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Author r.david.murray
Recipients Joshua.Chin, ethan.furman, pitrou, r.david.murray, rhettinger
Date 2014-11-03.13:49:42
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On Mon, 03 Nov 2014 10:53:09 +0000, Ethan Furman <> wrote:
> Ethan Furman added the comment:
> > I don't want to change the kind of exception being raised (an API change from
> > AttributeError to TypeError) without a really good reason.
> Subclasses cannot work with the current implementation.

I don't understand this statement.

> > Also, I prefer the current AttributeError with its clear indication that an items()
> > method is needed for duck-typing.  These kind of error messages are very helpful
> > when you're trying to figure-out how to duck-type on-purpose
> That's what the docs are for.

That's not the way it works in real life.  You implement something, it
doesn't work, and if the solution isn't obvious from the error message
*then* you look at the docs or google.  But if the error message says
"you can't do this", then like as not you don't even look at the docs.

> > (for example, {}.update(1) and {}.update([[]]) both provide the information about
> > what you would need to do to get update() to work).
> update is not a binary operation, so has more leeway in how it handles problems.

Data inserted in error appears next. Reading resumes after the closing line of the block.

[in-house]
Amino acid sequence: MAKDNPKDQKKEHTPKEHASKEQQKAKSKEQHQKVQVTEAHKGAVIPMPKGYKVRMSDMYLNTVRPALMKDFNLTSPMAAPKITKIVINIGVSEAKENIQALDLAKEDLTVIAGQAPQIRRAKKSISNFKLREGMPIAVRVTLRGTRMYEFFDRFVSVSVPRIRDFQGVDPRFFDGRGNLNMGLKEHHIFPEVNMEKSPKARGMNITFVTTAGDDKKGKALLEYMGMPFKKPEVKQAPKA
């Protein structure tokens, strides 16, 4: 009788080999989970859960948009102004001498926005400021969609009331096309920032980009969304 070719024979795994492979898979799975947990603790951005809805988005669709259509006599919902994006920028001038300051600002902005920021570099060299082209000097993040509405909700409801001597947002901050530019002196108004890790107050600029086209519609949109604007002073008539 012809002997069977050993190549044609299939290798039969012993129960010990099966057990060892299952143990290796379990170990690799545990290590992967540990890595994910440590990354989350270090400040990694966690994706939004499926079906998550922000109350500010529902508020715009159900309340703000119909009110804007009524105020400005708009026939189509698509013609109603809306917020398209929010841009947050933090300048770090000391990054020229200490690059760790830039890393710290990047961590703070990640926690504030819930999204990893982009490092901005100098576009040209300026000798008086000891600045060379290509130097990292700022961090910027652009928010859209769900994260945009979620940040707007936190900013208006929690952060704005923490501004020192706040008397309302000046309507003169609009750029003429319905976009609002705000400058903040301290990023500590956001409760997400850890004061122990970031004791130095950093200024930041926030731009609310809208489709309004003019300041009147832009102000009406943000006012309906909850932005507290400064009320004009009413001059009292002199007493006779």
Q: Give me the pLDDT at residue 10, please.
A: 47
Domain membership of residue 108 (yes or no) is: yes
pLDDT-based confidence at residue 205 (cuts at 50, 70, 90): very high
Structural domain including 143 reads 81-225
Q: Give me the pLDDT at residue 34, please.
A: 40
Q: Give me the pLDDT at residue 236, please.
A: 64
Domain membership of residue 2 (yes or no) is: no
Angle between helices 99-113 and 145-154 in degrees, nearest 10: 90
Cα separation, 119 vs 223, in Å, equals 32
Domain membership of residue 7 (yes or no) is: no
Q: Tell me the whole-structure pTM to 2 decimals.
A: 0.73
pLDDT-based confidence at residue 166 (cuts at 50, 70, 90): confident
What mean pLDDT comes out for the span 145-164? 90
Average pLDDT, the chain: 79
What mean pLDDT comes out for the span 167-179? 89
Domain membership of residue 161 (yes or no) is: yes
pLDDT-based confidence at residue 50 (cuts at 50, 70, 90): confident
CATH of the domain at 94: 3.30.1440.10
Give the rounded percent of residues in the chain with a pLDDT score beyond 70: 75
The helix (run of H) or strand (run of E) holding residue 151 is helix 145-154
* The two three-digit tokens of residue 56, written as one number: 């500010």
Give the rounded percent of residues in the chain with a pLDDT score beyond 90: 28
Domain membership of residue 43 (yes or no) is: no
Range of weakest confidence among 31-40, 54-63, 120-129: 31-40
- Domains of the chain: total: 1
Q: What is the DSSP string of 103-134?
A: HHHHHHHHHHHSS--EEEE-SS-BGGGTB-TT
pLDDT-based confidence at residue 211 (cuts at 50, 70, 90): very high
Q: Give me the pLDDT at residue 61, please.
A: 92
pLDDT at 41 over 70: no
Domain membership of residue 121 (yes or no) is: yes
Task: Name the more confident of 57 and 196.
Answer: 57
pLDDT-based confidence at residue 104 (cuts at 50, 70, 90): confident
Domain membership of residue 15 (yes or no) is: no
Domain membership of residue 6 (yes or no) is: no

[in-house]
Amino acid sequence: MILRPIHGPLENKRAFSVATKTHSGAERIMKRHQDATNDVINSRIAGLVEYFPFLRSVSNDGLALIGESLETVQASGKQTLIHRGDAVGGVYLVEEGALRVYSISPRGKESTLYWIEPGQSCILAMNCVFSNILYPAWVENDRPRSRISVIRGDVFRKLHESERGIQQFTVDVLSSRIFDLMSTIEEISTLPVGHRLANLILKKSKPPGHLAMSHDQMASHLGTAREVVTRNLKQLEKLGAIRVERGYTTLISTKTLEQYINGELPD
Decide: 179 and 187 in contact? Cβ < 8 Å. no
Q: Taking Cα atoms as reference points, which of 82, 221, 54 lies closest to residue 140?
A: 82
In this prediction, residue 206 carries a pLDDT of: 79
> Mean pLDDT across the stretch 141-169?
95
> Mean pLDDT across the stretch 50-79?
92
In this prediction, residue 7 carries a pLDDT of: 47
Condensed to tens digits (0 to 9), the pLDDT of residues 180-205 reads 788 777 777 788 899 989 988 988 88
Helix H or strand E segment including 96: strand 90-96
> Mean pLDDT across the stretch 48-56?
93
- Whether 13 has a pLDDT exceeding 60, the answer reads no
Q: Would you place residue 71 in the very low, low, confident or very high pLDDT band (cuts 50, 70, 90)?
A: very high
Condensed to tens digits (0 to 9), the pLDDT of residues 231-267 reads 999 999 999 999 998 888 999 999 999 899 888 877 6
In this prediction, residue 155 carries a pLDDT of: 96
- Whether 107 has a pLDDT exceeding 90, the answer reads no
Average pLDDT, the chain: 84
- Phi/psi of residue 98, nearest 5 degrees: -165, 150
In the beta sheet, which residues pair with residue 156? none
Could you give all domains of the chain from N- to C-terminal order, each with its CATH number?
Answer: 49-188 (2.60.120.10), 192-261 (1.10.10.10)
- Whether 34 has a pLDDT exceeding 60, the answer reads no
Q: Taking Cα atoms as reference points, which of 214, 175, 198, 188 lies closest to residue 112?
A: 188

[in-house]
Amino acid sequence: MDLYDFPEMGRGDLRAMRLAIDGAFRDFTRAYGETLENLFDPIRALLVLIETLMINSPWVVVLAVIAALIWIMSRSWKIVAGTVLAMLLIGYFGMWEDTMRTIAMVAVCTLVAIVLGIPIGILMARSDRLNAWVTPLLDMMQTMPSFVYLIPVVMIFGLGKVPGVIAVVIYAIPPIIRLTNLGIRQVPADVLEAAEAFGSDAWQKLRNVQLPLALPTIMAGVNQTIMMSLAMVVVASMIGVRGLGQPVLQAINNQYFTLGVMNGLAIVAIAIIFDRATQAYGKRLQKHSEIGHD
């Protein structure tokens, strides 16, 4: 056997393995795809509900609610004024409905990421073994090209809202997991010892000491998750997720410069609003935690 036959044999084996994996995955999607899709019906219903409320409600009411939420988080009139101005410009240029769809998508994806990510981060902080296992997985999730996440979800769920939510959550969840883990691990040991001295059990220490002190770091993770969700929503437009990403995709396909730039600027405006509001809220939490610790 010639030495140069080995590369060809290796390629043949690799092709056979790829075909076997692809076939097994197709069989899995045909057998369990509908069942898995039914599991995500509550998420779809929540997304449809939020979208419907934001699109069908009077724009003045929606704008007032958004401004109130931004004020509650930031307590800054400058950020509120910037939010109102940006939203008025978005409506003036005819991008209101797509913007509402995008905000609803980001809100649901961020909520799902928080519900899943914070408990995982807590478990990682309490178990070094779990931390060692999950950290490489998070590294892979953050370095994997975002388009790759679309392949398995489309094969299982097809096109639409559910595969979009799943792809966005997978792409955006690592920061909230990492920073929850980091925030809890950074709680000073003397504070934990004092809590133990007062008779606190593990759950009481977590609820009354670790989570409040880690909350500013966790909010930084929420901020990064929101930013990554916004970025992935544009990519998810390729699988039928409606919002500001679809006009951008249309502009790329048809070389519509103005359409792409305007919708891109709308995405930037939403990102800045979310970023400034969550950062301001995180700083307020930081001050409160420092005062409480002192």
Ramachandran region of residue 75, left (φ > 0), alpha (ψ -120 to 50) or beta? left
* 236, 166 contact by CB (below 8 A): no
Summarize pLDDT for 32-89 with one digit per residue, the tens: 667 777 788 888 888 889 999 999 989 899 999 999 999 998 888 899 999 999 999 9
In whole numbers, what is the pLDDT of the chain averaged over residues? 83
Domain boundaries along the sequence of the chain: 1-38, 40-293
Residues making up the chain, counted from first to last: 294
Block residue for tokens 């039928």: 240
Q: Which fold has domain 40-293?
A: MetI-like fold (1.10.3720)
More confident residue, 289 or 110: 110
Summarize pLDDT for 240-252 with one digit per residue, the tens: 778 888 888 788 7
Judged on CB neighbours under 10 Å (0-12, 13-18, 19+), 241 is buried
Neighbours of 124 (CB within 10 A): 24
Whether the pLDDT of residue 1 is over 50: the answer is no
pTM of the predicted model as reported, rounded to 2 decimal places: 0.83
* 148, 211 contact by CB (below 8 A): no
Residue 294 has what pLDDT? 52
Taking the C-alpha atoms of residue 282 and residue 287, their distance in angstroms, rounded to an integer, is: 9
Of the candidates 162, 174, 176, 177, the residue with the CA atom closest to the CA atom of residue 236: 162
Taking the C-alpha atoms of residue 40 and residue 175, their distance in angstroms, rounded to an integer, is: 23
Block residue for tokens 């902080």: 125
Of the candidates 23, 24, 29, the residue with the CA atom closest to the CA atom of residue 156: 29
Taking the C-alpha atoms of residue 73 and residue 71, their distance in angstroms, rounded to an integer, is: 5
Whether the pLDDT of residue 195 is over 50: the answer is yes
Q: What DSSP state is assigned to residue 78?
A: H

As Raymond pointed out, the augmented assignment operator is a
*shortcut* for update.

> > The current duck-typeable behavior was an intended part of the design and is no
> > different from a number of other methods that update in-place.
> The only problem with the design is that it does not play well with others.  For duck-typeable just do a check on 'other' to see if it has an .items() method, and return NotImplemented if it does not.  Oh, and check that 'self' is Counter, and also return NotImplemented if that fails.

No, that doesn't support duck typing.  Duck typing is not putting
arbitrary restrictions on what objects you accept, but only essential
restrictions.  And as noted above, if you return NotImplemented, then
you get an error message that essentially says "this is impossible"
instead of "this is what didn't work".

> Here's proof of subclass trouble -- the idea is to make an immutable Counter:

Your subclass doesn't override __iadd__ or any of the other mutation
methods.  Why would you expect it to be immutable if it doesn't?

> For subclassing to work, the fix is:
>         if not hasattr(other, 'items') or type(self) is not Counter:
>             return NotImplemented

I've never seen a type check like that in a Python class, and I hope
I never do.  *That* breaks subclassing.
Date User Action Args
2014-11-03 13:49:43r.david.murraysetrecipients: + r.david.murray, rhettinger, pitrou, ethan.furman, Joshua.Chin
2014-11-03 13:49:43r.david.murraylinkissue22766 messages
2014-11-03 13:49:42r.david.murraycreate